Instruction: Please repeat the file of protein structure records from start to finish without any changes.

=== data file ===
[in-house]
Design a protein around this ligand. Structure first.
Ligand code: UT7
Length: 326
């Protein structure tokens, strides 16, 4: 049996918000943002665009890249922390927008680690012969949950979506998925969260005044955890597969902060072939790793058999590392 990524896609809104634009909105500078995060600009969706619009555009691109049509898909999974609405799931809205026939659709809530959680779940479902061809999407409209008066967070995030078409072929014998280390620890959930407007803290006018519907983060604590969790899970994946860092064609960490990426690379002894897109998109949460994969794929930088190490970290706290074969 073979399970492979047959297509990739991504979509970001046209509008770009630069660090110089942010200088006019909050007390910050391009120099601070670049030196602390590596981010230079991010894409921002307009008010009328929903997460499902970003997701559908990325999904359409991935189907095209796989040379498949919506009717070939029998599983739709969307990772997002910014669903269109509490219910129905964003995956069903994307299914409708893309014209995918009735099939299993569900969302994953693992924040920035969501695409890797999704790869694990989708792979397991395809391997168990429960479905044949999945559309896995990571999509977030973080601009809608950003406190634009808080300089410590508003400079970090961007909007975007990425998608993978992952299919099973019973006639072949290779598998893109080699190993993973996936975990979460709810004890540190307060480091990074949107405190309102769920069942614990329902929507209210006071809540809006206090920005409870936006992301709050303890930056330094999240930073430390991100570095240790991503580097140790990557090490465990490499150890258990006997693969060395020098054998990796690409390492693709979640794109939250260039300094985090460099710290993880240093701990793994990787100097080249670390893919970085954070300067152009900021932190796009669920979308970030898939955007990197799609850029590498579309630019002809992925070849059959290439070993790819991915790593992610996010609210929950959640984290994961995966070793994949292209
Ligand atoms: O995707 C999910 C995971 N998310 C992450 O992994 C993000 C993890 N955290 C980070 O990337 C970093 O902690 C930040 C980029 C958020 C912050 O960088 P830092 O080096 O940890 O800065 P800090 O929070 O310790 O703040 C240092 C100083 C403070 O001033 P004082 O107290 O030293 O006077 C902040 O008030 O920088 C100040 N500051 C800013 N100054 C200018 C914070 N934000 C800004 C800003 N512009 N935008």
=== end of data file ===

[in-house]
Design a protein around this ligand. Structure first.
Ligand code: UT7
Length: 326
């Protein structure tokens, strides 16, 4: 049996918000943002665009890249922390927008680690012969949950979506998925969260005044955890597969902060072939790793058999590392 990524896609809104634009909105500078995060600009969706619009555009691109049509898909999974609405799931809205026939659709809530959680779940479902061809999407409209008066967070995030078409072929014998280390620890959930407007803290006018519907983060604590969790899970994946860092064609960490990426690379002894897109998109949460994969794929930088190490970290706290074969 073979399970492979047959297509990739991504979509970001046209509008770009630069660090110089942010200088006019909050007390910050391009120099601070670049030196602390590596981010230079991010894409921002307009008010009328929903997460499902970003997701559908990325999904359409991935189907095209796989040379498949919506009717070939029998599983739709969307990772997002910014669903269109509490219910129905964003995956069903994307299914409708893309014209995918009735099939299993569900969302994953693992924040920035969501695409890797999704790869694990989708792979397991395809391997168990429960479905044949999945559309896995990571999509977030973080601009809608950003406190634009808080300089410590508003400079970090961007909007975007990425998608993978992952299919099973019973006639072949290779598998893109080699190993993973996936975990979460709810004890540190307060480091990074949107405190309102769920069942614990329902929507209210006071809540809006206090920005409870936006992301709050303890930056330094999240930073430390991100570095240790991503580097140790990557090490465990490499150890258990006997693969060395020098054998990796690409390492693709979640794109939250260039300094985090460099710290993880240093701990793994990787100097080249670390893919970085954070300067152009900021932190796009669920979308970030898939955007990197799609850029590498579309630019002809992925070849059959290439070993790819991915790593992610996010609210929950959640984290994961995966070793994949292209
Ligand atoms: O995707 C999910 C995971 N998310 C992450 O992994 C993000 C993890 N955290 C980070 O990337 C970093 O902690 C930040 C980029 C958020 C912050 O960088 P830092 O080096 O940890 O800065 P800090 O929070 O310790 O703040 C240092 C100083 C403070 O001033 P004082 O107290 O030293 O006077 C902040 O008030 O920088 C100040 N500051 C800013 N100054 C200018 C914070 N934000 C800004 C800003 N512009 N935008």